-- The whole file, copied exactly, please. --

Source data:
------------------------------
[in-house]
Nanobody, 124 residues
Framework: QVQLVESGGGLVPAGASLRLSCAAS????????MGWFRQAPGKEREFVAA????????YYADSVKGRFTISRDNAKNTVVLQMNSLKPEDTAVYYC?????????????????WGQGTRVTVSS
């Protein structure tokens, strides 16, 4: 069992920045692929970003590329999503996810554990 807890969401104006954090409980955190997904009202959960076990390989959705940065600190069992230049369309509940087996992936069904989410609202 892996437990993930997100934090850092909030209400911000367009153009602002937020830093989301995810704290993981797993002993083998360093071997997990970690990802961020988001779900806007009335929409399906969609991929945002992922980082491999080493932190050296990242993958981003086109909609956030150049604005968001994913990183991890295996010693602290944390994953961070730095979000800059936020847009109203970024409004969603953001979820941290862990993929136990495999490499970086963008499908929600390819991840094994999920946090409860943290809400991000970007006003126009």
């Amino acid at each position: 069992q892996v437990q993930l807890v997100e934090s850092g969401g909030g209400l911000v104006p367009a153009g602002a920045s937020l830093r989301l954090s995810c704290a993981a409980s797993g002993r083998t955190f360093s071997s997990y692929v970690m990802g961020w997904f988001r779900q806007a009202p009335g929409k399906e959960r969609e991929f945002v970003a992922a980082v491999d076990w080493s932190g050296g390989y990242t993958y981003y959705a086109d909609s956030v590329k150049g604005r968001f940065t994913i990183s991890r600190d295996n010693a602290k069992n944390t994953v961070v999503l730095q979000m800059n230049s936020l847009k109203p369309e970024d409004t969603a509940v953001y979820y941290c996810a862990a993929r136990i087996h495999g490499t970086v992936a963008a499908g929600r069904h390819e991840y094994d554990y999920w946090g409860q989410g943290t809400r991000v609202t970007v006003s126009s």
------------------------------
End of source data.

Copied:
[in-house]
Nanobody, 124 residues
Framework: QVQLVESGGGLVPAGASLRLSCAAS????????MGWFRQAPGKEREFVAA????????YYADSVKGRFTISRDNAKNTVVLQMNSLKPEDTAVYYC?????????????????WGQGTRVTVSS
């Protein structure tokens, strides 16, 4: 069992920045692929970003590329999503996810554990 807890969401104006954090409980955190997904009202959960076990390989959705940065600190069992230049369309509940087996992936069904989410609202 892996437990993930997100934090850092909030209400911000367009153009602002937020830093989301995810704290993981797993002993083998360093071997997990970690990802961020988001779900806007009335929409399906969609991929945002992922980082491999080493932190050296990242993958981003086109909609956030150049604005968001994913990183991890295996010693602290944390994953961070730095979000800059936020847009109203970024409004969603953001979820941290862990993929136990495999490499970086963008499908929600390819991840094994999920946090409860943290809400991000970007006003126009």
């Amino acid at each position: 069992q892996v437990q993930l807890v997100e934090s850092g969401g909030g209400l911000v104006p367009a153009g602002a920045s937020l830093r989301l954090s995810c704290a993981a409980s797993g002993r083998t955190f360093s071997s997990y692929v970690m990802g961020w997904f988001r779900q806007a009202p009335g929409k399906e959960r969609e991929f945002v970003a992922a980082v491999d076990w080493s932190g050296g390989y990242t993958y981003y959705a086109d909609s956030v590329k150049g604005r968001f940065t994913i990183s991890r600190d295996n010693a602290k069992n944390t994953v961070v999503l730095q979000m800059n230049s936020l847009k109203p369309e970024d409004t969603a509940v953001y979820y941290c996810a862990a993929r136990i087996h495999g490499t970086v992936a963008a499908g929600r069904h390819e991840y094994d554990y999920w946090g409860q989410g943290t809400r991000v609202t970007v006003s126009s």